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And there you have it. As usual, this was harder than expected! Who would make your list of favorite minor characters?

Until next time,
Brianne

awesome book moms…do they exist?

After celebrating Mother’s Day with my mom yesterday and being inspired by some fellow book bloggers today, I thought I would write up a post on Awesome Book Moms. Perfect time of year to show moms some appreciation, right?

Except, I have a problem.

I’m not sure Awesome Book Moms exist.

Okay, I admit, this is an exaggeration. The posts I read from other book bloggers featured some great Awesome Book Moms. However, when I went through the list of books I’ve read this year (33 so far), I realized they didn’t include even one mom for me to gush over in this post.

All 33 books I’ve read in 2017 fell into one of these three categories:

  1. Awesome Book Mom did not exist because Main Character was an orphan
  2. Awesome Book Mom was icky and decidedly not awesome–she was not supportive of Main Character and not worth of any sort of gushing
  3. Awesome Book Mom was great but played a very small, if not insignificant, role in the book

What is with this? 

I know 33 books is not a huge number in the grand scheme of things, but I still find it astounding that there wasn’t one Awesome Book Mom within my 2017 reads. What is the meaning of this? How dare we treat our moms this way?

I have a few theories as to why this could be.

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First: Perhaps it has to do with the genre I’ve read most this year–fantasy.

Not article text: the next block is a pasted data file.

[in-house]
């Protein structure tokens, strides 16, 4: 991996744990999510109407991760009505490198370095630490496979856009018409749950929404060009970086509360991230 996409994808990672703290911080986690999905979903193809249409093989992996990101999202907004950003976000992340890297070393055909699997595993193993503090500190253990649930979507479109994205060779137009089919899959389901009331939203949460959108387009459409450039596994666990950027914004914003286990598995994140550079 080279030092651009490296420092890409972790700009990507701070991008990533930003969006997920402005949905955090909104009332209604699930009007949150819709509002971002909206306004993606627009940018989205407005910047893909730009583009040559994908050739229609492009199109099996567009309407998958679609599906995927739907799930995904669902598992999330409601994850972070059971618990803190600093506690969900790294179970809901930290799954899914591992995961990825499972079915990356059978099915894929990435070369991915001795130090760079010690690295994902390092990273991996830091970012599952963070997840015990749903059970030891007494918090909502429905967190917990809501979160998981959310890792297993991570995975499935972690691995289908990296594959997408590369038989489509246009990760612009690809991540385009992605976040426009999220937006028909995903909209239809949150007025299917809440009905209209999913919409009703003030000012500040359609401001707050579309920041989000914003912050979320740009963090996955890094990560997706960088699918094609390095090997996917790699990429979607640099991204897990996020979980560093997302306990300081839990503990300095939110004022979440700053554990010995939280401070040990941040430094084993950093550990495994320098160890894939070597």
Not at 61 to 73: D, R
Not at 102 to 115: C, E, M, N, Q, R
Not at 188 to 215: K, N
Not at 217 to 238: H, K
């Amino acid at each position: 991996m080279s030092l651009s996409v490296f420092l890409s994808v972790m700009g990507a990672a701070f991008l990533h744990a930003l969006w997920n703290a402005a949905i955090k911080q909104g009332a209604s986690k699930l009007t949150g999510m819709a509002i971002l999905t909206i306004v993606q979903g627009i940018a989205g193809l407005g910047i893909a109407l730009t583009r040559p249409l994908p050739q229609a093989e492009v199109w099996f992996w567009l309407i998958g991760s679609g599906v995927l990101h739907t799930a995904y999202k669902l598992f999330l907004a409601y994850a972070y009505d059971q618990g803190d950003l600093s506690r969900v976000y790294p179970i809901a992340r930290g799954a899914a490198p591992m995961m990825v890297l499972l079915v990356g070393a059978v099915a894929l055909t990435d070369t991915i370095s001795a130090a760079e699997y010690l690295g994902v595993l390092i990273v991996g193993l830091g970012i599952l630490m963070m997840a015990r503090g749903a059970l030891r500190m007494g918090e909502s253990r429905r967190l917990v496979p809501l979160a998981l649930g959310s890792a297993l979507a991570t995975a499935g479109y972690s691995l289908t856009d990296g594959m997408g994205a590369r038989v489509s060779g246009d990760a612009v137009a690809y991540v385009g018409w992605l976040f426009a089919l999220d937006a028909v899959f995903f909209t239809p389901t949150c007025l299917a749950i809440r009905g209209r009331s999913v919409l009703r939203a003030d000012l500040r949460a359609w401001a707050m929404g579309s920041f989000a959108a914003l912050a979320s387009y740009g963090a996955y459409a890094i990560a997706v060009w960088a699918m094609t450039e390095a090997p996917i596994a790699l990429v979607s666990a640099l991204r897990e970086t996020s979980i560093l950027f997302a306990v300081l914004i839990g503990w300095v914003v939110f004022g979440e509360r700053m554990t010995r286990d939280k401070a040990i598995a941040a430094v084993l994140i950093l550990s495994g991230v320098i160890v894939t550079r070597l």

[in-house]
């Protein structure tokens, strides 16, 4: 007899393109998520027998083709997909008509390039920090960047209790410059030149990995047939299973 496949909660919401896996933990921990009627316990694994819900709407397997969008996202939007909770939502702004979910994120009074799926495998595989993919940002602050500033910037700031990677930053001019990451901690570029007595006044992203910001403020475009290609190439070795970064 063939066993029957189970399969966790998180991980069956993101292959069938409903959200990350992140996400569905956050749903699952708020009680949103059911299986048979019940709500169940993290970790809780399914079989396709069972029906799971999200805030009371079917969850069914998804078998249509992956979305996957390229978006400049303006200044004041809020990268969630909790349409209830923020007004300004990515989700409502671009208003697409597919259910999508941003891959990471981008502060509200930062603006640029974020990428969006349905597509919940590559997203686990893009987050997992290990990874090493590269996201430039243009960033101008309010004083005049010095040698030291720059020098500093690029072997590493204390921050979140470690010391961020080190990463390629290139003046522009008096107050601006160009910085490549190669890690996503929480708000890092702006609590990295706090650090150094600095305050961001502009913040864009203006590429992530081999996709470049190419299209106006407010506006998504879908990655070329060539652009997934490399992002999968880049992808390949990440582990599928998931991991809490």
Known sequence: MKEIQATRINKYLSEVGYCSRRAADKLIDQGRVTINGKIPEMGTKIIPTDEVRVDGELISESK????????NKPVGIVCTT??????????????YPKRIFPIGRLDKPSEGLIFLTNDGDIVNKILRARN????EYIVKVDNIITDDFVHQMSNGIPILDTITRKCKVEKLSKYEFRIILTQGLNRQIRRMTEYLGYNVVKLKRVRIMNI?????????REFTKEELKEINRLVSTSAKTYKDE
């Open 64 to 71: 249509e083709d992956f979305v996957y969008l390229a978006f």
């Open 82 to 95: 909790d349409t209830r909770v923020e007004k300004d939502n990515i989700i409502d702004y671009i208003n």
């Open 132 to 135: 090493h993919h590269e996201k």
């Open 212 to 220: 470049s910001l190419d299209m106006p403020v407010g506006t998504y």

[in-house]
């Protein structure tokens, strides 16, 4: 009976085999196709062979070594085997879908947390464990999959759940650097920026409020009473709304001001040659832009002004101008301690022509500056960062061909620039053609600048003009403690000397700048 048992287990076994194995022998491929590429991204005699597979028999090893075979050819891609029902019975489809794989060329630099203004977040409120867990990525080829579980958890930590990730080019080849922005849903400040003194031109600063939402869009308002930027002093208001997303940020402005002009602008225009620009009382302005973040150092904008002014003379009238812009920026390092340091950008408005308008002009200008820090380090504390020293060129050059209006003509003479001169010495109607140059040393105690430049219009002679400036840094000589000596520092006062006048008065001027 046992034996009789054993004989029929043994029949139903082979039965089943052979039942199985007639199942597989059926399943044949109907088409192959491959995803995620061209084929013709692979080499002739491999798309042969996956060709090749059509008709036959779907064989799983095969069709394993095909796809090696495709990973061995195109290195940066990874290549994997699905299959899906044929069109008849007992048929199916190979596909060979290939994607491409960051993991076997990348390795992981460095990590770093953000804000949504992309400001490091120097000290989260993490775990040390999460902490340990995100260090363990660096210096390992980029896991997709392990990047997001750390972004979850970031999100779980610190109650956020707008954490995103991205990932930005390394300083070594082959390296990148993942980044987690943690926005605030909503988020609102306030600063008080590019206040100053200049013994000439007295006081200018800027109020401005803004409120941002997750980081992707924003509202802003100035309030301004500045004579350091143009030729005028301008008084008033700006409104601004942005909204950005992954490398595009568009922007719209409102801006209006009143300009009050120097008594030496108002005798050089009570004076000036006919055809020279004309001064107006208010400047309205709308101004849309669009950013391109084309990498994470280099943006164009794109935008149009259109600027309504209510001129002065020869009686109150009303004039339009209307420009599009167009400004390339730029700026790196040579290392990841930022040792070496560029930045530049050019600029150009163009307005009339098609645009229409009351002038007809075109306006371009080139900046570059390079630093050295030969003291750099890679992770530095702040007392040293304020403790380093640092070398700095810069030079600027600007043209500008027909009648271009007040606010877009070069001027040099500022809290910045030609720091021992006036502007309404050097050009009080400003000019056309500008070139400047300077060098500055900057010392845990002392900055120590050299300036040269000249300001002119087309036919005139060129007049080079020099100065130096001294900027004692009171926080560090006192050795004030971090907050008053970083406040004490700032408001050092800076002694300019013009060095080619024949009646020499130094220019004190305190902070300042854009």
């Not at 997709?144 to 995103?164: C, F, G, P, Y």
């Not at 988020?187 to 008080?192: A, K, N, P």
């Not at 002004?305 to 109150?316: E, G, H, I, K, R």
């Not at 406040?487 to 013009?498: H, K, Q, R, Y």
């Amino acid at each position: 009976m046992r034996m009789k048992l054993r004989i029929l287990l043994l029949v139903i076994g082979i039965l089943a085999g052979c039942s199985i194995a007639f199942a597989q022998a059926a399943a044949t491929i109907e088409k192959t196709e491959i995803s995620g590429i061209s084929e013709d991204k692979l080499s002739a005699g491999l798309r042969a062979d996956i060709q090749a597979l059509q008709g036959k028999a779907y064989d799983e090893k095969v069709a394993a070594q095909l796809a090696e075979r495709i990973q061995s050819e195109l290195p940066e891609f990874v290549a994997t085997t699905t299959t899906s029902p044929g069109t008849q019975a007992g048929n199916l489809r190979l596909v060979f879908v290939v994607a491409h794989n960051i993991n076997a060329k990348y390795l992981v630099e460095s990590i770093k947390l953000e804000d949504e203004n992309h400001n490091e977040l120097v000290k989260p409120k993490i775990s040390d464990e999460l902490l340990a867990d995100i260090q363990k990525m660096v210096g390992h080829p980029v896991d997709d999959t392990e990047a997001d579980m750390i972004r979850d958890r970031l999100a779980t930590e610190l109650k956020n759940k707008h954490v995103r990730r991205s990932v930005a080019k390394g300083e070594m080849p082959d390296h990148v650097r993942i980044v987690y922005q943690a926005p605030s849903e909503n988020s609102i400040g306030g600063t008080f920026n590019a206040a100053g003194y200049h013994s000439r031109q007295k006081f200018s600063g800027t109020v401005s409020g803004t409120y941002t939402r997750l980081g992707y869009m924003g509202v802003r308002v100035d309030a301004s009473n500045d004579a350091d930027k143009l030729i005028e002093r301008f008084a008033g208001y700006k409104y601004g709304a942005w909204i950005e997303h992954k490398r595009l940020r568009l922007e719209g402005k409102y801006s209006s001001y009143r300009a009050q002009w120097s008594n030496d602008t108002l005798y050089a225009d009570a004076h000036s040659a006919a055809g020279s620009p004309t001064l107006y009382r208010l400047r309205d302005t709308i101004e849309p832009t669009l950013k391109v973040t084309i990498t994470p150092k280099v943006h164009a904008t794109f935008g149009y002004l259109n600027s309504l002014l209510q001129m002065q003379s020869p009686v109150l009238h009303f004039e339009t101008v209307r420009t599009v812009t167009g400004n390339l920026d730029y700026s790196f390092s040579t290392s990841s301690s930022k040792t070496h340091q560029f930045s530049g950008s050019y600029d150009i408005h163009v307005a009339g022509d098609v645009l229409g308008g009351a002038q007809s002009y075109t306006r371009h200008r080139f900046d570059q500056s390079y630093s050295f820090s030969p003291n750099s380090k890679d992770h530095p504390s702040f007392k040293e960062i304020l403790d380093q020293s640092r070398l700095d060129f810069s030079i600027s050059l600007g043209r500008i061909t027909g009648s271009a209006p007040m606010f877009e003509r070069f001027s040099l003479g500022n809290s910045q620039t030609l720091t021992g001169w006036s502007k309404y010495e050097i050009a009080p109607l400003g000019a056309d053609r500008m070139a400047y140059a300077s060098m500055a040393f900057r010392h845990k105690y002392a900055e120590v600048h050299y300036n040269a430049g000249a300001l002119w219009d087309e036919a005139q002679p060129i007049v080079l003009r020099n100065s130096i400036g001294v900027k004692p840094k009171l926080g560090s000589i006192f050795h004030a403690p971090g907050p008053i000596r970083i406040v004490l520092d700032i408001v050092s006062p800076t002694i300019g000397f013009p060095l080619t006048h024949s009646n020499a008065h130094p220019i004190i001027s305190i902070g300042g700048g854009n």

How common is the main-character-is-an-orphan trope in fantasy books? Answer: VERY COMMON. Like, more common than common. Not to mention the mom-died-when-Main-Character-was-young trope. Just as commonly common. At least in the fantasy books I’ve been reading this year. So, obviously, there can’t be Awesome Book Moms in books that simple don’t have any moms. Makes sense, I guess. Still makes me frown.

Second theory: Moms are easy obstacles for the main character.

Have you seen this in books? Sometimes Book Moms are made out to be so caring and cautious that they just get in the way of the main character accomplishing their goals and dreams. As such, they become almost an antagonist or enemy to the main character. Why can’t we have a healthier balance of this? Moms can be caring, but they can also be supportive.

Or, on the other hand, Book Moms might disapprove of the main character’s goals and dreams, getting in their way and becoming an enemy in that sense. Maybe it’s just wishful thinking, but I would hope most moms could eventually support their children’s goals and dreams. I guess not Book Moms.

My last end-all theory: We take our moms for granted.

Authors aren’t the only ones who fall prey to this, but it certainly becomes clear in books. Let’s be honest–moms really are awesome. Where would we be without them? (Not existing, that’s for sure.) We take our moms for granted, and in novels, that means their awesomeness doesn’t get the chance to shine through and make a difference toward the main story goal. Moms deserve more, don’t they?! Authors–and the rest of us–just don’t give moms the credit they deserve.

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So there you have it. I, for one, am now on a quest to find some more books with Awesome Moms in them.

Do you know of any Awesome Book Moms? Am I just reading all the wrong books this year? Leave a comment down below!

Until next time,
Brianne